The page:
The extracted MP provides task-aware discriminative information for FAS, while the original RGB image contains complete and detailed information. To effectively utilize both the detailed and discriminative information, we devise a two-stream Hierarchical Fusion Network (HFN) to fuse the input RGB images and the extracted MP for FAS. As shown in Fig. 2, the top stream of the HFN is the RGB stream that processes the information from RGB images, and the bottom stream is the MP stream that processes the information from the MP. The RGB and MP streams are identical. For implementation, we adopt the ResNet-50 [ResNet], which is commonly used in image classification, as the backbone for each stream. The features from the end of the two streams are fused to a fully connected layer to obtain a binary vector for the classification. Moreover, we improve the fusion performance by fusing the information more thoroughly from different feature hierarchies. As shown in Fig. 2, the features from different feature hierarchies are fused progressively via our proposed Hierarchical Fusion Module (HFM). The HFM is inspired by the Feature Pyramid Network (FPN). While the FPN constructs the feature pyramid from different hierarchies progressively to improve the detection for small objects [FPN], we fuse information from different hierarchies progressively to improve the fusion.

At hierarchy of the HFN, an HFM fuses feature maps from the top (RGB) stream , the bottom (MP) stream , and the fusion result of the prior hierarchy . The expression of can be written as

(9)

where represents a convolutional layer that is used to align the number of channels of feature maps from different hierarchies, and

is the nearest interpolation function that upsamples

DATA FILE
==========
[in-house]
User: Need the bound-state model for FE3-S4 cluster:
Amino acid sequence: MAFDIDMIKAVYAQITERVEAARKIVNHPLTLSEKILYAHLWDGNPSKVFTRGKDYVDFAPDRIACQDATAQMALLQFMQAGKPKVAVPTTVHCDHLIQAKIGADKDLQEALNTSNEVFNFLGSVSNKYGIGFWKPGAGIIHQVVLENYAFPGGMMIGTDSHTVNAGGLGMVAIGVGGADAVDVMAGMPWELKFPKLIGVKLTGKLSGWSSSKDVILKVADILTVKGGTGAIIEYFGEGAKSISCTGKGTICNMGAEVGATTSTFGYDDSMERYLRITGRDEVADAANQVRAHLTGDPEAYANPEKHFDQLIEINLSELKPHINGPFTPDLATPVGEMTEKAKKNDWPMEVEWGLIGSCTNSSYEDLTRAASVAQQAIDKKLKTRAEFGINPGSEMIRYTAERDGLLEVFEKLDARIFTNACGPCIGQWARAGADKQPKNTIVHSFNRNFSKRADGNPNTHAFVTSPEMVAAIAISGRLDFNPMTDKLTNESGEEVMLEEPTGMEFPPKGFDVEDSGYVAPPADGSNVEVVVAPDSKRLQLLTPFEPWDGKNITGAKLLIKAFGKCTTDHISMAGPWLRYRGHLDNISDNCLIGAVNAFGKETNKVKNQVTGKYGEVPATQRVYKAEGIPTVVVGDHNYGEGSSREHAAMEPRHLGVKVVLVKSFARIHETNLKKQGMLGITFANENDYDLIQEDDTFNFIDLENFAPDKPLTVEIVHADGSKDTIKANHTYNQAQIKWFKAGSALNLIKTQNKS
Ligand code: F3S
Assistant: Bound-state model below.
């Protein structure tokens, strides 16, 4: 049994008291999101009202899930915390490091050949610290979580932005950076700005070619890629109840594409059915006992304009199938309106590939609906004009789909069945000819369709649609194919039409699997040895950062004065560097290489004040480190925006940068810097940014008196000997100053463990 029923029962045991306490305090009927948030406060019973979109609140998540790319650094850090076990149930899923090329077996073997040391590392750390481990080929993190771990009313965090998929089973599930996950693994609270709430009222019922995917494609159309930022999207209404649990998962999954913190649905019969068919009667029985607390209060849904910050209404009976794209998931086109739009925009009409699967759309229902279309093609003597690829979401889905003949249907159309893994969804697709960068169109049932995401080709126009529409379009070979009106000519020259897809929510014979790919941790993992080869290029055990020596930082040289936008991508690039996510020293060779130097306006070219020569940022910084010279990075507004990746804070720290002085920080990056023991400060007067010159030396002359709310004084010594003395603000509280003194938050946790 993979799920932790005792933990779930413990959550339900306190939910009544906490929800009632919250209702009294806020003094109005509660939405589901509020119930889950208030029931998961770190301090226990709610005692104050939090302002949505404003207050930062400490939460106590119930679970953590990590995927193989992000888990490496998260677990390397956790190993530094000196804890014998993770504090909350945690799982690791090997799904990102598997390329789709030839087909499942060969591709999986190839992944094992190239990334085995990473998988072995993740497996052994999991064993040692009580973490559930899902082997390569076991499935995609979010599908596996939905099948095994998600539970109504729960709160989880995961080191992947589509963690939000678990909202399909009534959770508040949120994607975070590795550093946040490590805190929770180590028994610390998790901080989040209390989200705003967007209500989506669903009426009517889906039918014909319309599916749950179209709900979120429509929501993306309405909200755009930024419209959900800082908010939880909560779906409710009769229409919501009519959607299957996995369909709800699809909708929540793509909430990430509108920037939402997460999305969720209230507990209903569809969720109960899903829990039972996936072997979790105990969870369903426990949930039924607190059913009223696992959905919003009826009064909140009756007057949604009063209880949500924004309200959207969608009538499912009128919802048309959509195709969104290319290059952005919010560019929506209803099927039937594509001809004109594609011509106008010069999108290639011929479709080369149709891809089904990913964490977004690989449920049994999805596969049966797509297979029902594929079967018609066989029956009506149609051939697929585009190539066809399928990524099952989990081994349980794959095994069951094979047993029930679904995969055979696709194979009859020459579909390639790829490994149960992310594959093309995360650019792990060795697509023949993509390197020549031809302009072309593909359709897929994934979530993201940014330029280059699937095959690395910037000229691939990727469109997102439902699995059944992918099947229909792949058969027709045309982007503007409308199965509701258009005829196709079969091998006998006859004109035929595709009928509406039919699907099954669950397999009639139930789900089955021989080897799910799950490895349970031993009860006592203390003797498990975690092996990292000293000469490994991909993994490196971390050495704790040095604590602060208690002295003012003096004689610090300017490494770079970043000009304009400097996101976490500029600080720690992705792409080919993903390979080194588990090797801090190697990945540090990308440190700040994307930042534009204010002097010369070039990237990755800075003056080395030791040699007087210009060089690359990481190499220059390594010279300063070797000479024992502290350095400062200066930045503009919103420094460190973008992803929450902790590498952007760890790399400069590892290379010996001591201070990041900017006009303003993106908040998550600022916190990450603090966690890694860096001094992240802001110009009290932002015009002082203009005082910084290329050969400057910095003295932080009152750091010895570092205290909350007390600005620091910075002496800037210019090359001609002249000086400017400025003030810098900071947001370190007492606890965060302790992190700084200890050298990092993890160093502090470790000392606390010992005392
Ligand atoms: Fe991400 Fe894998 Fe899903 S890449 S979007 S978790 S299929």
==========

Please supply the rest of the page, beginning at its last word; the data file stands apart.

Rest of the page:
to have the same size as and such that element-wise addition can be conducted. One similar fusion scheme that also fuses information from multiple feature hierarchies for the face anti-spoofing problem is the DC-CDN [DCCDN-IJCAI-2021]. The difference between the fusion in our HFN and the fusion in the DC-CDN is that DC-CDN just directly concatenates the feature maps from multiple levels along the channel axis [DCCDN-IJCAI-2021], which is straightforward but could be coarse, while our HFN fuses information progressively. In the experiment section, we conduct the ablation study to compare our fusion of HFM and the fusion of concatenation.

In the final fusion hierarchy, the fused feature map is used to predict a pixel map to take advantage of the pixel-wise supervision [FAS-Auxiliary-CVPR-2018, deeppixel--ICB-2019, yu2021revisiting, Ternary-TIFS-2018]. As such, both the binary classification supervision and pixel-wise supervision are used to optimize our proposed HFN. We apply Binary Cross Entropy loss to the binary vector output from the FC layer, where spoofing faces are labeled as “0” and genuine faces are labeled as “1”. We apply pixel-wise Mean Square Error (MSE) loss to the output pixel maps from the HFN. In the pixel-wise supervision, each spoofing face or genuine face is assigned a target pixel map with all elements as “0” or “1”, respectively. As such, the final loss for optimization is

(10)

Iii-C Testing

In the testing stage, we combine the output binary vector and the pixel map to get the score and use the score for classification. As for an output binary vector , where , , and , and an output pixel map . The score used for the classification is calculated by

(11)

The score

represents the probability of the input being “genuine”.

Iv Experiments

Fig. 4: Genuine faces and spoofing faces examples from the CASIA-FASD dataset [DB-CASIAFASD] (1-st row), the MSU-MFSD dataset [LI-QUALITY] (2-nd row), the IDIAP REPLAY-ATTACK dataset [MicroTexture-IJCB-2011] (3-rd row), the OULU-NPU dataset [OULU_NPU_2017] (4-th row), and the ROSE-YOUTU [FAS-UnsupervisedDA-TIFS-2018] (5-th row) dataset.
Fig. 5: Visual comparison between the ColorLBP map, Albedo map, Depth map, reflectance map, and our Meta Pattern (MP). The MP is extracted by the Meta Pattern Extracted trained in the “O&M&I to C” experiment. The genuine and spoofing face examples are from the CASIA-MFSD dataset [DB-CASIAFASD].
Method C&I&O to M O&M&I to C O&C&M to I I&C&M to O
HTER AUC HTER AUC HTER AUC HTER AUC
HFN+ColorLBP 8.31 96.77 18.44 88.72 20.55 77.58 15.92 90.98
HFN+Albedo 8.70 96.46 20.89 87.69 21.55 76.44 16.78 88.58
HFN+Depth 7.36 96.90 18.67 89.60 18.50 80.40 15.95 89.99
HFN+Reflectance 5.65 97.62 18.22 88.57 20.90 77.23 17.16 88.98
HFN+MP (Ours) 5.24 97.28 9.11 96.09 15.35 90.67 12.40 94.26